Google and E.ON Team Up to Shine Light on German Rooftop Solar Potential

World | Solar Energy

Photo: Pixabay

E.ON and Google have teamed up to launch a solar “offensive” in Germany that will help simplify and streamline the process for identifying prime rooftop solar sites.

The duo announced yesterday that Google’s Project Sunroof platform, which uses satellite imagery, 3D modelling and machine learning to assess the solar potential of millions of rooftops, is expanding into Germany.

It marks the first time the tool has been made available outside of the US, where it found that almost 80 per cent of US rooftops are technically viable for generating solar power, rising to 90 per cent in sunnier states.

In Germany Project Sunroof will be able to assess the solar capability of around seven million buildings, covering major urban areas including Munich, Berlin, and the Ruhr region. The platform can help users identify a home’s potential solar capacity by calculating sunlight hours, weather data, roof pitch, and the level of shadows from surrounding buildings. It can also draw up plans for installing a solar system and estimate potential cost savings.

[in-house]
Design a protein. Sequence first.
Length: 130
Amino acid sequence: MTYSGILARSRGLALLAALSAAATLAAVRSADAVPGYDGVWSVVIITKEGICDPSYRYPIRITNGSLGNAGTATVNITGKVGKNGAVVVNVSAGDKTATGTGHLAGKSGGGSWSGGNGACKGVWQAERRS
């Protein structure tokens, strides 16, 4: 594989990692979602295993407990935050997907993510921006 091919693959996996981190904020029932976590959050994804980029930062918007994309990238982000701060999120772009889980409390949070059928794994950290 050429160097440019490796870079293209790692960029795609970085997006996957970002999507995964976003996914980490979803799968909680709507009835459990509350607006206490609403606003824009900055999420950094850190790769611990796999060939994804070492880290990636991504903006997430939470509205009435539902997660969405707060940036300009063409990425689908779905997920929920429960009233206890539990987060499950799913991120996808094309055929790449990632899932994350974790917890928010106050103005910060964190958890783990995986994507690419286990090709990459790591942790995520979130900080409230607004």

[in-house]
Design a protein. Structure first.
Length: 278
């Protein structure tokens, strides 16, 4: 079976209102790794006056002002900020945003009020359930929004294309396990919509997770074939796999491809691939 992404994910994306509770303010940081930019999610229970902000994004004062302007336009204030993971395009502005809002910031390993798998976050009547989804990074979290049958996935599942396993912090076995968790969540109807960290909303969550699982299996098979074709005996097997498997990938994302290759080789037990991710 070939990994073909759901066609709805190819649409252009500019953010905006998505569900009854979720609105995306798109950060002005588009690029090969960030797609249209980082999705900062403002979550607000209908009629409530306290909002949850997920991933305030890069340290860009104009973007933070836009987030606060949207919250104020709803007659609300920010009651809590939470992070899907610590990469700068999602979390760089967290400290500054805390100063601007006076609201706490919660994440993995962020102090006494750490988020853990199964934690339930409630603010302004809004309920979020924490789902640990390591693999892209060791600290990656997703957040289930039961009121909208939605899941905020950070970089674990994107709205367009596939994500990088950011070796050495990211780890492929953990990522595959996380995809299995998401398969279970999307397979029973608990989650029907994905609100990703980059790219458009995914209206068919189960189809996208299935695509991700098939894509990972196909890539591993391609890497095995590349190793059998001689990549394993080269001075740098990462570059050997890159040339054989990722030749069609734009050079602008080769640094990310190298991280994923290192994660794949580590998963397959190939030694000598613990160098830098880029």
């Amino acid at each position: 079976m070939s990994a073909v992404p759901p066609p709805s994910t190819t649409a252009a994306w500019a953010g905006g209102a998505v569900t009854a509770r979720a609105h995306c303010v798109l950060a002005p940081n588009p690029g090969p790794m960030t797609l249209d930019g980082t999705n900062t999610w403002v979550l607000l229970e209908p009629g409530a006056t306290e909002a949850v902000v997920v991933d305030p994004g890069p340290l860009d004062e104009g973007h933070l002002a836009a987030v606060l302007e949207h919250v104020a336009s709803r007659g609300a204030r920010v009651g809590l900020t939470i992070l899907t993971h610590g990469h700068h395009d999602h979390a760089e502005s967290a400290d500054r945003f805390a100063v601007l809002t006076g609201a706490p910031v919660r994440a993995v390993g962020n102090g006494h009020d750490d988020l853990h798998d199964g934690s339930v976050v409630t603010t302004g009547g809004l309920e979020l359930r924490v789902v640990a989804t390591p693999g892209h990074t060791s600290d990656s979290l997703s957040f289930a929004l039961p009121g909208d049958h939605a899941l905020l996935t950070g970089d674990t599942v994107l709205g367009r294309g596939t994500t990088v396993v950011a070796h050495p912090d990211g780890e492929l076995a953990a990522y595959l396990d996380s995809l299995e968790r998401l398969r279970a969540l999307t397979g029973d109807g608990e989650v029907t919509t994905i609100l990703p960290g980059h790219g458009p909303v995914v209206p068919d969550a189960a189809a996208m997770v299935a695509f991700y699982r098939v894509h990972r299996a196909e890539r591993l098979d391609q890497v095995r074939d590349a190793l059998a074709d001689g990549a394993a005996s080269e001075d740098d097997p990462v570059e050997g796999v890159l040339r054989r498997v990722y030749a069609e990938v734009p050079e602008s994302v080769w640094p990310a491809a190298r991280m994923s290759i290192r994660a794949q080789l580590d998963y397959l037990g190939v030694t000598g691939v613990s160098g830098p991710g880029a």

“With Sunroof, we are able to digitise sales of solar systems more intensively and thereby increase the appeal of photovoltaics,” Karen Wildberger, chief operating officer of E.ON, said in a statement. “It clearly demonstrates the potential benefits of digitalization for the ongoing shift in energy production.”

Homeowners that visit E.ON’s solar website to use the Project Sunroof tool will also be able to compile an energy bundle featuring solar PV panels, an Aura battery storage unit, and E.ON’s new Solar Cloud offering. Launched in March, SolarCloud allows E.ON customers with their own PV panels to ‘store’ their power in a virtual electricity account, to be drawn down when needed.

It comes as utilities are increasingly seeking to gain an early mover advantage in the decentralised energy system, which is putting growing numbers of consumers in control of the production and consumption of their energy.

While Project Sunroof will only cover about 40 per cent of the German population initially, Google and E.ON plan to expand it to cover the majority of the population in the coming years.